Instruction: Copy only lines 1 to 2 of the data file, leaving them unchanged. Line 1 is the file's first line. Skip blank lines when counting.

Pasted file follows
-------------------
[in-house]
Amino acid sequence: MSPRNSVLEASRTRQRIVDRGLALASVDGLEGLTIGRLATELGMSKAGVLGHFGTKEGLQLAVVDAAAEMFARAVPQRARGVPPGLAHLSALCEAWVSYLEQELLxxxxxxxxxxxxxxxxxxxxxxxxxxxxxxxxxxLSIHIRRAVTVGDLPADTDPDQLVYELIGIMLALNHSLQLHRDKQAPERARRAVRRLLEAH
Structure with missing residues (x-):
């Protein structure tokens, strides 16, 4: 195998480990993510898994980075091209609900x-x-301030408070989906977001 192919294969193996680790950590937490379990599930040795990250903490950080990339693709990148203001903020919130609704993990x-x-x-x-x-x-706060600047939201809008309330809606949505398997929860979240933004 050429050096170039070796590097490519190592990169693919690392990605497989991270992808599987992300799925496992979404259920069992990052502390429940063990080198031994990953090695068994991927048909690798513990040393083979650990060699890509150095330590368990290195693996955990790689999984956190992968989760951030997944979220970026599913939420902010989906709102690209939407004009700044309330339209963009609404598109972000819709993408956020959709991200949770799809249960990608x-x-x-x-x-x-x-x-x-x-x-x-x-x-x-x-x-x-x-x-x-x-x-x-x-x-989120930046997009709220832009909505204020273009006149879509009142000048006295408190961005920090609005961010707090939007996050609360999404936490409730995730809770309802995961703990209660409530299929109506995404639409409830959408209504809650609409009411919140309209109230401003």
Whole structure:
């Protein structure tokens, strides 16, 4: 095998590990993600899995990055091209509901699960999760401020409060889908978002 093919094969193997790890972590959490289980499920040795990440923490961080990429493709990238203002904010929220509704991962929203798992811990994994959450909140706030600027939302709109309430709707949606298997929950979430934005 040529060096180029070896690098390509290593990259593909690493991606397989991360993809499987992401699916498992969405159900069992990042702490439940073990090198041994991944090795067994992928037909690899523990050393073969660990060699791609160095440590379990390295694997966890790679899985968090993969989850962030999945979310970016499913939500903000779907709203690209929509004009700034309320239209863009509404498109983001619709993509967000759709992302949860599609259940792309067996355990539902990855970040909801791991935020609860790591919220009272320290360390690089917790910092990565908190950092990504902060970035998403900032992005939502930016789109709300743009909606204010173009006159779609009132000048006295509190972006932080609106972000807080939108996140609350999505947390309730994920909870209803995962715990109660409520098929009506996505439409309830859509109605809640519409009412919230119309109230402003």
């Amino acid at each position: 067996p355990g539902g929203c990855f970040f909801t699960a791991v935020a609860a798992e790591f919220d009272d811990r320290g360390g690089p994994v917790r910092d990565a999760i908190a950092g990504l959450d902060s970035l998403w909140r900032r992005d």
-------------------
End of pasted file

[in-house]
Amino acid sequence: MSPRNSVLEASRTRQRIVDRGLALASVDGLEGLTIGRLATELGMSKAGVLGHFGTKEGLQLAVVDAAAEMFARAVPQRARGVPPGLAHLSALCEAWVSYLEQELLxxxxxxxxxxxxxxxxxxxxxxxxxxxxxxxxxxLSIHIRRAVTVGDLPADTDPDQLVYELIGIMLALNHSLQLHRDKQAPERARRAVRRLLEAH